eBay Cheats

If you own a computer and use the internet, which you obviously do or you wouldn’t be reading this, then chances are you have used eBay, the online auction house. eBay provides a useful service and even simplifies online payments with Paypal. All well and good. The problem is with some of the people who sell items on eBay.

Most of the sellers are good people who give you exactly what you bid on. Some don’t. I have had good dealings and bad. Most recently, I had a ‘bad.’ There is a seller who goes by the name of ‘radiosadness’ (radiosad@gmail.com) whom, in my opinion, cheats the buyers. He throws up a bid page designed to make you think he is selling an Acer Monitor for $68.00, no postage fees. Only a couple days later you get a link for a pdf file that downloads a list of wholesale items.


When you go back to check the bid page you notice the title reads “NEW 22 FLAT SCREEN LCD COMPUTER MONITOR WHOSAL£ ¦IST”. The characters £ ¦ in place of the e & l are clearly designed to confuse the item. But he goes a step further, he adds “Wholesale List” way down on the page in yellow letters that are easy to miss in the white background. Here is the link so you can see for yourself: http://cgi.ebay.com/ws/eBayISAPI.dll?ViewItem&item=260646621603&ssPageName=STRK:MEWNX:IT

Naturally, his feedback is all kept private so you can’t see the warnings from previous victims.

This came in the e-mail he sent me below the link for the useless wholesale list (which doesn’t even have a price guide!):

All sales are final and no refund in generally but we do have cases where
we do consider a refund upon request . Decision of refund processing is absolute
discretion of refund department.

Many buyers have raised EBAY DISPUTE ‘Item Not As Described’ because they
have not read the description of the listing properly and have mistakenly
thought that this is a physical goods.PLEASE DO NOT RAISE ANY EBAY DISPUTE!!! This list
has undergone years of research and we have spend huge amount of investment
in our R&D team. Sad to say , due to the new EBAY 100% buyer protection policy,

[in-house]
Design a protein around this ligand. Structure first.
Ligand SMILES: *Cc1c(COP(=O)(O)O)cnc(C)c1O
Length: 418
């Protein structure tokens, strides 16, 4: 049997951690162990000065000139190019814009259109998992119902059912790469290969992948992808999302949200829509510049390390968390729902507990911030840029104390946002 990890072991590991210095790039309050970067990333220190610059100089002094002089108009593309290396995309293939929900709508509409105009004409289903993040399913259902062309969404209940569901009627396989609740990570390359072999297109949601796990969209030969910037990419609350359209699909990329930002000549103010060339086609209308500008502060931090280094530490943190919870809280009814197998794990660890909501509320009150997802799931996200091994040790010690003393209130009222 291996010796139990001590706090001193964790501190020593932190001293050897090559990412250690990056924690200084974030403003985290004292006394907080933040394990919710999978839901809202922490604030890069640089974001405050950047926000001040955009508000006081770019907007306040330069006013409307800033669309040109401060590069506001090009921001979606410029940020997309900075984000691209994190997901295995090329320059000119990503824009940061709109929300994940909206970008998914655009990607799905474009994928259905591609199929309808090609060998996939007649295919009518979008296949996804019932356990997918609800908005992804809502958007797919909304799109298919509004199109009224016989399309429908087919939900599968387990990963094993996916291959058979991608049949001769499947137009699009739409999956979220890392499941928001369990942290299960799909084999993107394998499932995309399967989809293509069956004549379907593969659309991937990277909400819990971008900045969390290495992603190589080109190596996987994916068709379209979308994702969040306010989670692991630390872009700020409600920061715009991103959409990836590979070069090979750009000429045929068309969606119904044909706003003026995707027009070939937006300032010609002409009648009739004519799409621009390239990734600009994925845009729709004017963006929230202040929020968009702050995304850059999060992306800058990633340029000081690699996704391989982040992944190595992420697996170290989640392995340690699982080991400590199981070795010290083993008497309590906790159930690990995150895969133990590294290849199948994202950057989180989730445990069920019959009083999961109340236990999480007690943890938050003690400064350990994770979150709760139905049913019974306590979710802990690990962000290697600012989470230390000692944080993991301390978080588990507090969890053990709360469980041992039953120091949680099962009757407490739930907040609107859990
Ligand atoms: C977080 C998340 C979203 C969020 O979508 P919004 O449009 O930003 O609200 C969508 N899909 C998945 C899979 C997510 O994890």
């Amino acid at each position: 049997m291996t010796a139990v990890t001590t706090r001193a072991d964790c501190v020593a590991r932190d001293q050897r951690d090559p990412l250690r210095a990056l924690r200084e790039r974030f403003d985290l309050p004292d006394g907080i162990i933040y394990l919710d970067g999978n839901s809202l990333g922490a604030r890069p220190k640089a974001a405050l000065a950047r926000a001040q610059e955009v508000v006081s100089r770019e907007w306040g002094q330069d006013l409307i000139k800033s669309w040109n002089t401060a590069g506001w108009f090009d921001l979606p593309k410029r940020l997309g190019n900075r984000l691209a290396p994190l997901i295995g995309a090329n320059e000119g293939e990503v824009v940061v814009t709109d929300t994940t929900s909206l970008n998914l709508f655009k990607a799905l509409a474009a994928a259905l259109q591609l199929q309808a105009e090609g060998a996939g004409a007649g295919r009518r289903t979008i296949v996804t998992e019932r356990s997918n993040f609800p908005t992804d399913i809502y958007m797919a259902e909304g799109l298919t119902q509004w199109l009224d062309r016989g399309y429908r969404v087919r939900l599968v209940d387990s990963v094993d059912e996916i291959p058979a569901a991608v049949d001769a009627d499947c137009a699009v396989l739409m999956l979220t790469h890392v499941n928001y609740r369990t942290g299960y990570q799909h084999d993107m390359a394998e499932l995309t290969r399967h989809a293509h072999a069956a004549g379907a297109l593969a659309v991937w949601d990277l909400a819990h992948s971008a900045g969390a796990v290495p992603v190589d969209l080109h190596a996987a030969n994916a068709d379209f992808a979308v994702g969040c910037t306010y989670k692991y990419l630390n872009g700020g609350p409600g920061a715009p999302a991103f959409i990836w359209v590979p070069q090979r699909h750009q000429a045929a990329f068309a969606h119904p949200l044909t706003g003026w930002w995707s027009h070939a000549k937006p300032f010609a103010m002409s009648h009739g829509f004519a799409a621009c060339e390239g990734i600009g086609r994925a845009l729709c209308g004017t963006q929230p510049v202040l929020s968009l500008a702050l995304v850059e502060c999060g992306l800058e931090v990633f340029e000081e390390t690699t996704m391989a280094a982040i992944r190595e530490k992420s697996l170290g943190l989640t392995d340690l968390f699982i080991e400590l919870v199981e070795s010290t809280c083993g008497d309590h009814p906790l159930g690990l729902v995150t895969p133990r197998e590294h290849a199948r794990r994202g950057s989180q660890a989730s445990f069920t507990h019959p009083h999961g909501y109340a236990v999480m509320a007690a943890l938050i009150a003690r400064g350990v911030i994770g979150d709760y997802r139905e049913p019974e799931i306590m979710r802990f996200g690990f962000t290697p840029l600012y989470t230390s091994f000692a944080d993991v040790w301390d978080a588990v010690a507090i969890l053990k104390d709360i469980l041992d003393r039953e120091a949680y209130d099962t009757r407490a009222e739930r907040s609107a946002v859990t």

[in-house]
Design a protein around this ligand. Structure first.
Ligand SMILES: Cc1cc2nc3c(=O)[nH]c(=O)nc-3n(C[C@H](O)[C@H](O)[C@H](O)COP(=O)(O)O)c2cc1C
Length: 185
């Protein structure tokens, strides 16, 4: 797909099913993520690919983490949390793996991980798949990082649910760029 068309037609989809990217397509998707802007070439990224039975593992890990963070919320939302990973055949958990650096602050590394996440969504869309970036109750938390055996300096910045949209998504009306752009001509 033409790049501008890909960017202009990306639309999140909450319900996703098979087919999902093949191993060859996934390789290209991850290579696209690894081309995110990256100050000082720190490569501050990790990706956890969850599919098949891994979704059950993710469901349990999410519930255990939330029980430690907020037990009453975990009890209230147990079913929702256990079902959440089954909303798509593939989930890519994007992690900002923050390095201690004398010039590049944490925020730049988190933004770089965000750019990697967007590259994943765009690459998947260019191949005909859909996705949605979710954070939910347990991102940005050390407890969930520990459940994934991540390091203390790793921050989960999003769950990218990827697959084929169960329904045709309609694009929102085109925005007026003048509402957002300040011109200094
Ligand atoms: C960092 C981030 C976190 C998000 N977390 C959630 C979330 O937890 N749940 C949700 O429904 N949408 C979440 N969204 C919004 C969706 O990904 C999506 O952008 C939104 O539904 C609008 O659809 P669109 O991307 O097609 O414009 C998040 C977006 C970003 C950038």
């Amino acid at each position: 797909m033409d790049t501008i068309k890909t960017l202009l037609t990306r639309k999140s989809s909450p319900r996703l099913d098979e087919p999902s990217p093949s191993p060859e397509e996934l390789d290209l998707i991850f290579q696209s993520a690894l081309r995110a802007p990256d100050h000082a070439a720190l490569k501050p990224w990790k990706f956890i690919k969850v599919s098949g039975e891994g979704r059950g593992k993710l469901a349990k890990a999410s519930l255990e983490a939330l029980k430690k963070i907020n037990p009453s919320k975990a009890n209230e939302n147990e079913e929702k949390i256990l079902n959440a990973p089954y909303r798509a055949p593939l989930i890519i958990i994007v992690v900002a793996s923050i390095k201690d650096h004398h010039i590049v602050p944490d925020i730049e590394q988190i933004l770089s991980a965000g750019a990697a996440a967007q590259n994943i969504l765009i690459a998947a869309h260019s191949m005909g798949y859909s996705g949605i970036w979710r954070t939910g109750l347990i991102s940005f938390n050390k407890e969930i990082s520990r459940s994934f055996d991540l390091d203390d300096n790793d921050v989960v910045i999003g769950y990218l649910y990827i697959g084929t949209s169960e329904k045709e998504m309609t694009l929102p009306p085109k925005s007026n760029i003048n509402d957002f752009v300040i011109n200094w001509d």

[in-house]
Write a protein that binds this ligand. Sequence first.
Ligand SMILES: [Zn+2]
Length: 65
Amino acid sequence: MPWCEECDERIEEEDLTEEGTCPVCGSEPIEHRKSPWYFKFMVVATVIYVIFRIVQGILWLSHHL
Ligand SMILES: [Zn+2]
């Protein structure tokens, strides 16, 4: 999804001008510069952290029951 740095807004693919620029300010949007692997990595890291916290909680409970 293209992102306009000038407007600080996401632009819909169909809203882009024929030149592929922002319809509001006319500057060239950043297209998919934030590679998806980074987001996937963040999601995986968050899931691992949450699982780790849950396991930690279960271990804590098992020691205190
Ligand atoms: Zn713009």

many buyers have abuse it and used it to raise dispute to get this list
publication for free.

We have lost alot of EBAY DISPUTES ‘Item Not As Described’ to buyers trying
to get our list for free , this is not fair as we have spend lots of money
in R&D for this wholesale list.
But yet alot of buyers have mistakenly bought it thinking that it is the
item in the picture. We are truly selling a list containing valueble supplier
information that can bring profit for you
and generate a lot of money for businesses. Buyers please not to raise any
EBAY dispute as we have delivered as promised.If you have bought this wrongly
please revisit item description.

Apparently, he has done this before and REALLY doesn’t want to get eBay involved in a claim. Too bad for him.

If you have been screwed like this in the past, or you are concerned it could happen in the future, why don’t you send eBay a message telling them what you think of this practice? I have already filed a claim with eBay.

One other interesting tidbit…his list isn’t copyrighted. So that means I can copy and distribute this (useless) list all I want and he can’t do a thing about it. Well, if I don’t get my refund, I will do exactly that for free! It’s a useless piece of $#!+, but he seems to think highly of it.

This has been a public service blog.


3 Responses to “eBay Cheats”

  1. Sparrowhawk Says:

    I’ve never had an ebay account… and reading this Wolf Rant makes me keep things the way they are.

  2. wulfmann Says:

    I want to be clear that the problem isn’t with eBay. The problem is with the scammers. A few years ago there was this @$$-hole selling Wolverine Claws for $1.00. Good deal, right? Nope! The P&H was $100.00. eBay doesn’t like that kind of $#!+ anymore than you or me, and that seller is no longer on eBay. It is our responcibility to see to it that they are informed about this kind of scam.

    • wulfmann Says:

      I would like to say that I have received a full refund from eBay. They cautioned me to read the bid page a bit more closely in the future, and that they do discourage this kind of selling practice. Remember; caveat emptor…let the buyer beware! eBay is not the villain, but villains use eBay.

Leave a Reply

Fill in your details below or click an icon to log in:

WordPress.com Logo

You are commenting using your WordPress.com account. Log Out / Change )

Twitter picture

You are commenting using your Twitter account. Log Out / Change )

Facebook photo

You are commenting using your Facebook account. Log Out / Change )

Google+ photo

You are commenting using your Google+ account. Log Out / Change )

Connecting to %s

%d bloggers like this: